Grieving families donate organs
The grieving families of 23 people who died have donated 64 organs to desperately ill patients so far this year.
The Irish Kidney Association (IKA) revealed medics were on track to carry out a record number of transplants after the amount of organs donated plummeted to 151 last year, down from 243 in 2009.
More than 650 patients are waiting for a life-saving heart, lung, kidney or pancreas.
Mark Murphy, IKA chief executive, said the recent establishment of an organ and transplant office would pave the way for improvements in the field but warned it needed adequate funding to reach its full potential.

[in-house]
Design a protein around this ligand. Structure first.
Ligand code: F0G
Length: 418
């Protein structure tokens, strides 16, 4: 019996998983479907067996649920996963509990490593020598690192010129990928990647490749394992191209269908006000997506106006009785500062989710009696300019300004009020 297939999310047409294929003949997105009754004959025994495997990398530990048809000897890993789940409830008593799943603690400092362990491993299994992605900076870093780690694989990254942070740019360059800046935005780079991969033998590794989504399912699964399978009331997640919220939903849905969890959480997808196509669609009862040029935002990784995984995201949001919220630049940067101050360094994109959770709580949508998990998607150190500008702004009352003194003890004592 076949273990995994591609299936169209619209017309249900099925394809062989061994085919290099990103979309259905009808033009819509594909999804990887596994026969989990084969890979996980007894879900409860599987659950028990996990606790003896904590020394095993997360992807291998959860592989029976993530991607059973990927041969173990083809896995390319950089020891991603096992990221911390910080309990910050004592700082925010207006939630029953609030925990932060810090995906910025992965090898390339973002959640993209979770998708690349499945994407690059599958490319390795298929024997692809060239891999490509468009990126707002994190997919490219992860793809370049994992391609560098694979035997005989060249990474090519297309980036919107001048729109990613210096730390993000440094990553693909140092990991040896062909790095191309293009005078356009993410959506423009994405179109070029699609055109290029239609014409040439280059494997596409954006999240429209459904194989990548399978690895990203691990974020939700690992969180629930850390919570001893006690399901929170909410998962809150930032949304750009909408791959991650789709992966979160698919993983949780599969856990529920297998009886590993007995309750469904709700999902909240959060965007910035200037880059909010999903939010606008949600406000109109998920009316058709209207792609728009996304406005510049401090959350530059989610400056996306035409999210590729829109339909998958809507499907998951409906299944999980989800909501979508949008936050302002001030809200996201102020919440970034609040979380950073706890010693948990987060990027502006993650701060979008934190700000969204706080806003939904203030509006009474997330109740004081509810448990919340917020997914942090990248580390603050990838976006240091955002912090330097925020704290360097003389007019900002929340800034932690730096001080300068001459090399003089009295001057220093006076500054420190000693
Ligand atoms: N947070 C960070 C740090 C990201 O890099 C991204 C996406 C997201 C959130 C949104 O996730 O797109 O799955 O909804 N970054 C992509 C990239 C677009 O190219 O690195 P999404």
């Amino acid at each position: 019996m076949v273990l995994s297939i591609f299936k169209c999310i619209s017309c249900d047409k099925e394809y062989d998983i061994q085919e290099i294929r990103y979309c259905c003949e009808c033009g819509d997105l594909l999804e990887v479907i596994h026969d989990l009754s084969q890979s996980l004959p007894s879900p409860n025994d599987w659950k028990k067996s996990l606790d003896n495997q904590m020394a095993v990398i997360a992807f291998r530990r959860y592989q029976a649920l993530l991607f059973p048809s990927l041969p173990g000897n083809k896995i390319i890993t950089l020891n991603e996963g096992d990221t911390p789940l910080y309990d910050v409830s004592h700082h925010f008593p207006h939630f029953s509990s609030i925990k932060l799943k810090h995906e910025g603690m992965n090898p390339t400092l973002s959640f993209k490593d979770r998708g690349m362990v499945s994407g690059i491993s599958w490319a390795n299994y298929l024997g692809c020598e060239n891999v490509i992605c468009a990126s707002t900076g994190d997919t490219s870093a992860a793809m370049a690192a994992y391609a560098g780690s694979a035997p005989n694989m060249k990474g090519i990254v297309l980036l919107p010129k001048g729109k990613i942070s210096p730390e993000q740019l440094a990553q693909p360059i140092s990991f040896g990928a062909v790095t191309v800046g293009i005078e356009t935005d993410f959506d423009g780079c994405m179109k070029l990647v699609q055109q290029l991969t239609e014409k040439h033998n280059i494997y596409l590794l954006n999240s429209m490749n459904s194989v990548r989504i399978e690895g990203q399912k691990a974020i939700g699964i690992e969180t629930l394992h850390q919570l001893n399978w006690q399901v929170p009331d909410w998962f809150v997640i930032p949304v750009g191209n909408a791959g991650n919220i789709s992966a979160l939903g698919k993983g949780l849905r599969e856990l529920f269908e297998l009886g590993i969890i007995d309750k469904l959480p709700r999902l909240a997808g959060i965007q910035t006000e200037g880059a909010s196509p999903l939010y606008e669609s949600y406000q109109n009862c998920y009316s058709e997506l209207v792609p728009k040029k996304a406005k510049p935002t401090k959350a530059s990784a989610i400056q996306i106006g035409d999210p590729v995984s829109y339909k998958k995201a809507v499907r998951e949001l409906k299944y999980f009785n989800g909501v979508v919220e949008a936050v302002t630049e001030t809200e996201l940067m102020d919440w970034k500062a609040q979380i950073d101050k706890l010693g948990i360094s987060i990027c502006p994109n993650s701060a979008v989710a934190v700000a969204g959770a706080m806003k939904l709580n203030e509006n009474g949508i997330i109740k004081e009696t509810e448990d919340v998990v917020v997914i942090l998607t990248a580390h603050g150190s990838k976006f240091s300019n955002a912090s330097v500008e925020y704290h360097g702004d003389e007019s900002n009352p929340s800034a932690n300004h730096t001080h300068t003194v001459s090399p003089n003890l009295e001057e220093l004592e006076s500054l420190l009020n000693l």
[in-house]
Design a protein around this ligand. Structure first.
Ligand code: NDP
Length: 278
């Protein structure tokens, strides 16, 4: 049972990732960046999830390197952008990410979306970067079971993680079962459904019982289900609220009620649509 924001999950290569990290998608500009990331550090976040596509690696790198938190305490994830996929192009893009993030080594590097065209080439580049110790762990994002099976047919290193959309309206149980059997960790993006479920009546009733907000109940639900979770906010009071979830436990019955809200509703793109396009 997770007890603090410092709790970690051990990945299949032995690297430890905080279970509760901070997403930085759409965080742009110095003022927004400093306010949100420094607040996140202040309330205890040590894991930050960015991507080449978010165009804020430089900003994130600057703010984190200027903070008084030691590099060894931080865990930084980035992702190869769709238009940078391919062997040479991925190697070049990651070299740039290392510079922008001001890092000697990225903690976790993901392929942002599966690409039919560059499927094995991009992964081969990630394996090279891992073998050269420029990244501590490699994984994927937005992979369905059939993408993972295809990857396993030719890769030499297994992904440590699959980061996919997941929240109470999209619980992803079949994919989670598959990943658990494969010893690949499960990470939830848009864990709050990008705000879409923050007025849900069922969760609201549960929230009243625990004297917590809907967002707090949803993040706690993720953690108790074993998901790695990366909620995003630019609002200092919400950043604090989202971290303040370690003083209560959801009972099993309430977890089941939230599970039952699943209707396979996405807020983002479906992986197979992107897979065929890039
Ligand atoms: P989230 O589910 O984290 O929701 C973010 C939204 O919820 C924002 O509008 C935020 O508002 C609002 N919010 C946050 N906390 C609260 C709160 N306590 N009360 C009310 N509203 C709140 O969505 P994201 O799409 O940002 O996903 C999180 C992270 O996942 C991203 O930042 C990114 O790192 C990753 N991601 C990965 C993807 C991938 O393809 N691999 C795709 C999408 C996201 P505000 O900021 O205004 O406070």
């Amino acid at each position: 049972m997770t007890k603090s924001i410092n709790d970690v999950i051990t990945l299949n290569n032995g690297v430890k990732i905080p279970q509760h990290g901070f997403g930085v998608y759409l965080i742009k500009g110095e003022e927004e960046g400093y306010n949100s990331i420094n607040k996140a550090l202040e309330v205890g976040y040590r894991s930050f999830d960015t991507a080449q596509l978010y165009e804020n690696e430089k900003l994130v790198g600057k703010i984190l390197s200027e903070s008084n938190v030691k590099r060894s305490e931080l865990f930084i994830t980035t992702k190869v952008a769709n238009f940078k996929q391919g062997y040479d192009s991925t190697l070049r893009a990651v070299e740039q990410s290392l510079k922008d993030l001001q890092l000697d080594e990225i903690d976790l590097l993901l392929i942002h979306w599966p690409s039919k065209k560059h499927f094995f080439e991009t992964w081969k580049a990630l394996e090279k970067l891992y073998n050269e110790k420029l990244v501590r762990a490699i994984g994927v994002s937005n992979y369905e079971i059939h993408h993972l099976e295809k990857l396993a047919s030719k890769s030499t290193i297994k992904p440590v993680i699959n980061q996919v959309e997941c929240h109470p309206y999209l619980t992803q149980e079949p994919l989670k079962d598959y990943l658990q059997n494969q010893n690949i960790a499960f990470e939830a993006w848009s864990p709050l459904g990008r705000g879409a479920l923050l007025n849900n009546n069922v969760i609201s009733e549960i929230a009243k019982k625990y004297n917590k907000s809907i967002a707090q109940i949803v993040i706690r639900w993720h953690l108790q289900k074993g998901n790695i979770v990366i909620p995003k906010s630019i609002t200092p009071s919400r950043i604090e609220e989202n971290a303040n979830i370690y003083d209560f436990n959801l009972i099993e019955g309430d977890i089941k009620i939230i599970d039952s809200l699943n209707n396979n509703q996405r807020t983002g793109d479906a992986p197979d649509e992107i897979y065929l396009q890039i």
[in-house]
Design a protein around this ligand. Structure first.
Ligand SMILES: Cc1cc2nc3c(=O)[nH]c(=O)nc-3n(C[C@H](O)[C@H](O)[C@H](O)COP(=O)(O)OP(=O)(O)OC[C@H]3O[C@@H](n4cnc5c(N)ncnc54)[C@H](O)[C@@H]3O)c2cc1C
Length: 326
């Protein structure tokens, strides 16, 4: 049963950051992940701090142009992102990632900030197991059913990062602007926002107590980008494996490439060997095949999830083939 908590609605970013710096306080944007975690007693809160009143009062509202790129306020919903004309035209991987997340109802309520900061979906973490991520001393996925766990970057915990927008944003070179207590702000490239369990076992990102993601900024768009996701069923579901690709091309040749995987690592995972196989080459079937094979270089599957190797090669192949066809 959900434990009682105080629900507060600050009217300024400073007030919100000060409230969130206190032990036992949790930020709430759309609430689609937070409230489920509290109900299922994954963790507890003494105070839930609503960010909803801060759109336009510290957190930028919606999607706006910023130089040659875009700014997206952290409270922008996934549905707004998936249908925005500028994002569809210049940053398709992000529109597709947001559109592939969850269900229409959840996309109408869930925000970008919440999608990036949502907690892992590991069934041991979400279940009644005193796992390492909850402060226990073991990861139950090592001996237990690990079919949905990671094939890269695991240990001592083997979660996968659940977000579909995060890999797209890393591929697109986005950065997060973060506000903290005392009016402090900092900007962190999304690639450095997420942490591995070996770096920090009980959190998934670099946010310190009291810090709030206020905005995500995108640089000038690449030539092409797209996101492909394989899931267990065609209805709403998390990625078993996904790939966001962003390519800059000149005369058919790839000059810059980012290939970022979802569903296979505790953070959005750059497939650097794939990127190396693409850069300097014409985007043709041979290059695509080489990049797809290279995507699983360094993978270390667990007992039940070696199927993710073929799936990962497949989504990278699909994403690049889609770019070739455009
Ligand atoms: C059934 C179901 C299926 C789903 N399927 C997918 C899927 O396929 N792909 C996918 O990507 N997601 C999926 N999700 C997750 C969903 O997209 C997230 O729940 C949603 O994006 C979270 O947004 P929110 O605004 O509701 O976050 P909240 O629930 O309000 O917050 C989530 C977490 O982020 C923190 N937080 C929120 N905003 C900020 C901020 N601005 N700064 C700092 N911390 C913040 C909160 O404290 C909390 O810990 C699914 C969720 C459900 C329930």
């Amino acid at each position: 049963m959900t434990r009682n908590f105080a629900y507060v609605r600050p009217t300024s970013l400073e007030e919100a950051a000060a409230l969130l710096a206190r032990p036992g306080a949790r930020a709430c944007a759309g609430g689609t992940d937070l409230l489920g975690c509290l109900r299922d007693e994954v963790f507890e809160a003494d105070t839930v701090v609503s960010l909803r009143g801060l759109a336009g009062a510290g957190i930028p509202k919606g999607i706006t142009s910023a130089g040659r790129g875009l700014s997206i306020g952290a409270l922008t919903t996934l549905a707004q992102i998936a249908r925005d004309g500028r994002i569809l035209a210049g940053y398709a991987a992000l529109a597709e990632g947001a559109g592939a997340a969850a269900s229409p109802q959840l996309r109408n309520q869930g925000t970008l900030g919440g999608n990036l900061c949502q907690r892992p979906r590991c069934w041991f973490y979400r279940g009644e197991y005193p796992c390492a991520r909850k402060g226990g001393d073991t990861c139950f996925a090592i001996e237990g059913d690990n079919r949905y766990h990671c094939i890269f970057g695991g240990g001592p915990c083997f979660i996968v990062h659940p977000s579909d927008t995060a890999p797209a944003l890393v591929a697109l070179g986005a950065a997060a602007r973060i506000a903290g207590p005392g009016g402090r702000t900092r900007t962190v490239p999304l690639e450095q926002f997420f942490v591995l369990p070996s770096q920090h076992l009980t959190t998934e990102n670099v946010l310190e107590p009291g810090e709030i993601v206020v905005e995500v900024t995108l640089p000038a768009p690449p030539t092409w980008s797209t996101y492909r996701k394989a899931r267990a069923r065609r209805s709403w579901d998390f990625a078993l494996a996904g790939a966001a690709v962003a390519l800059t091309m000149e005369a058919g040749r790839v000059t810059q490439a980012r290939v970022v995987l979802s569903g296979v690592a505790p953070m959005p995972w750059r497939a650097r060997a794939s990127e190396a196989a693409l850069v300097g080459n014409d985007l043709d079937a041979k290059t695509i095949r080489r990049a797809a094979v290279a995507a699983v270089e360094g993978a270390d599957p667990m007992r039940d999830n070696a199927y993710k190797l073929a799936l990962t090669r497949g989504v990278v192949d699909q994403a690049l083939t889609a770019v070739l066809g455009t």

"Our first priority is for the provision of fully trained organ donor co-ordinators in all our intensive care units offering vital support to those physicians and nurses working in this very important, highly sensitive and emotionally charged area," said Mr Murphy.
Marking Organ Donor Awareness Week, which starts on Saturday, the charity revealed the number of deceased donors fell dramatically to 58 last year - compared to 90 in 2009 - while the number of living kidney donors rose to 23.
It also launched a free e-card app for smartphone users to store a donor card.
Health Minister James Reilly confirmed the new Government's plan for an opt-out system for organ transplantation, instead of the opt-in system, was under consultation.
He maintained it would be in place to facilitate the conversation about organ donation between distraught next-of-kin and specially trained transplant co-ordinators in hospitals.
"The express permission of the family is crucial," said Dr Reilly.